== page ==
Toxic Effect ofAluminum OxideNanoparticles on GreenMicro-Algae dunaliella salina

Document Type: Original Research Paper



Aluminum oxide nanoparticles are the most widely used nanoparticles in various industries.The
increasing use of nanoparticles in the past two decades and their entry into the industrial and non-industrial
waste water necessitates the assessment of potential effects of these substances in aquatic ecosystems. OECD
standard method was applied to determine the toxicity of this substance. After performing the detection range
testing, the cells of 7 treatments and 2 controls were counted every 24 hours for 72 hours in three replicates for
each concentration. After extraction, chlorophyll a and carotenoid were measured using spectrophotometry.
Scanning electron microscopy (SEM) was used to image the exposure of the algae cells to nanoparticles. The
72-hour levels of EC10, EC50, EC90, and NOEC, specific growth rate (μ), doubling time (G), and percent
inhibition (I%) were also calculated. The obtained 72-hour levels were EC10=1.6610-3, EC50=0.162, EC90=15.31,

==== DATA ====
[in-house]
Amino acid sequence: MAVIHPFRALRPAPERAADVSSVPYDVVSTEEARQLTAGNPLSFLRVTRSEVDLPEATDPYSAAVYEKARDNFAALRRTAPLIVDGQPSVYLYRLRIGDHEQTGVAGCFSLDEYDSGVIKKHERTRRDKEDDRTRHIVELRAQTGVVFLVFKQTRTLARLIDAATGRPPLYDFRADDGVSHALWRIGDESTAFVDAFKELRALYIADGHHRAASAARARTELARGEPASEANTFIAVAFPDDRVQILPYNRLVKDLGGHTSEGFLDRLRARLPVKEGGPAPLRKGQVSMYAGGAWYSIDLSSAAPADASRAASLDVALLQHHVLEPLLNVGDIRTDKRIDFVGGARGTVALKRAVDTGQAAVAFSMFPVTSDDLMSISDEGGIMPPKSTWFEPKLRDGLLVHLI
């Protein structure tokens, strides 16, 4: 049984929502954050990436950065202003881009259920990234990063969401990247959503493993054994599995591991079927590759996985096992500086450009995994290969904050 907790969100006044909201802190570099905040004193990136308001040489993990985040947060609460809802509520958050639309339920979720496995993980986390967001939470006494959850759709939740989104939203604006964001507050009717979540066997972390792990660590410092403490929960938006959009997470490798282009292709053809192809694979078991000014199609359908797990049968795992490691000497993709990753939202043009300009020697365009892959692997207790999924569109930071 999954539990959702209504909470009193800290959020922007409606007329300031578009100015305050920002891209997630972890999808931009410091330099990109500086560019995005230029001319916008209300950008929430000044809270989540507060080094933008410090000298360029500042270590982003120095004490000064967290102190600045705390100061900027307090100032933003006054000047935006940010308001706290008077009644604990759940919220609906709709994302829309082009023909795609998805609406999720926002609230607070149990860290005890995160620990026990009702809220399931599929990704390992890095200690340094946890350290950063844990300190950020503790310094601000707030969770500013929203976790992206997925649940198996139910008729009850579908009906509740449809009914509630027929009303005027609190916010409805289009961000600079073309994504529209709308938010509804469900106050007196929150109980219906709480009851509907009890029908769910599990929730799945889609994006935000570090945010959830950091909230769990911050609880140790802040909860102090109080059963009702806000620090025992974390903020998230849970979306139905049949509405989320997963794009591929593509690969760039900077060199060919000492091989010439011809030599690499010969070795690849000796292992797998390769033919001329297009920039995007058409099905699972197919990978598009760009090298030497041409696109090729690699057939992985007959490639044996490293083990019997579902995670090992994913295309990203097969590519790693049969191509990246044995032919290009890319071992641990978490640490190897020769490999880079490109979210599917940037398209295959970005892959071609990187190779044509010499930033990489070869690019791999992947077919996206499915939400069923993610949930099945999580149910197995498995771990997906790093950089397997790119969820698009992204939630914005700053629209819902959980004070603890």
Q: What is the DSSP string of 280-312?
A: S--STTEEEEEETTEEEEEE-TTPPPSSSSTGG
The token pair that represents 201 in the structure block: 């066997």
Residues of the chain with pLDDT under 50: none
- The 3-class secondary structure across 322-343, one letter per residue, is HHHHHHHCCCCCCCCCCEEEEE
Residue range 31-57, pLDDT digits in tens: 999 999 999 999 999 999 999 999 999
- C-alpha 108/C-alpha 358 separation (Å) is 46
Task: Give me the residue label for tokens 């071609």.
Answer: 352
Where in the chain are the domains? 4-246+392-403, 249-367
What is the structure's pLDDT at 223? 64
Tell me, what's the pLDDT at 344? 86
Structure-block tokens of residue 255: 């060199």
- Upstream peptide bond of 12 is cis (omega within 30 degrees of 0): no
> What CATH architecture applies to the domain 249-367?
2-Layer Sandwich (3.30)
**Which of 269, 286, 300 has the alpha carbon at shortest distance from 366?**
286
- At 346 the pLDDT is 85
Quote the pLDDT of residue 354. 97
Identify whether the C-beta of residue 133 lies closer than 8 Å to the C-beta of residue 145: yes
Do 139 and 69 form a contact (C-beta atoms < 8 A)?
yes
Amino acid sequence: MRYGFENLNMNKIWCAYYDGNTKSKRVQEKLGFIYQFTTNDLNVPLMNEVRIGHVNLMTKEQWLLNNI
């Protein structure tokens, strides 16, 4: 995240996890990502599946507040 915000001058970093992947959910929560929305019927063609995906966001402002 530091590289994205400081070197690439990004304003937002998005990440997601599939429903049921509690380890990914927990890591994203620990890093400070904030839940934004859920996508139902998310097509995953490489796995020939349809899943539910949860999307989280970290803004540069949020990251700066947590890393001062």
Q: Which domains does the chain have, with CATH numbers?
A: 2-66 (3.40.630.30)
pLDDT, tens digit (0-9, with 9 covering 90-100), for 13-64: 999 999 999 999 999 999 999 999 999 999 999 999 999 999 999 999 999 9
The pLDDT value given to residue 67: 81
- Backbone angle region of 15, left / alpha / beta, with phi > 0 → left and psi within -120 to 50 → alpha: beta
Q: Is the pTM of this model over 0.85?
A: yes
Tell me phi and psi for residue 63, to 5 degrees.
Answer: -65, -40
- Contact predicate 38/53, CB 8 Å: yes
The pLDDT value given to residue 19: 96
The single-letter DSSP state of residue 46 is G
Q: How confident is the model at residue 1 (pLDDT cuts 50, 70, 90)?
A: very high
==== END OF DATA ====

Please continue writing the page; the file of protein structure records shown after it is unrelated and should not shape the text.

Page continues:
and NOEC=16.2×10-2mg/L. The control and treatment algae had a significant difference in terms of cell density
and growth inhibition rate (p<0.05). Aluminum oxide nanoparticles had a significant impact on the shape and
topography of Dunaliella salina cells and resulted in their swelling and enlargement. A significant difference
existed in chlorophyll a and carotenoid concentrations between the treatment and control groups and the levels
of carotenoid decreased following increase in concentration of treatments (p<0.05). Aluminum oxide
nanoparticles have a significant toxic effect on Dunaliella salina. With increasing nanoparticles concentration,
Dunaliella salina chlorophyll and carotenoid concentration reduced significantly (p<0.05).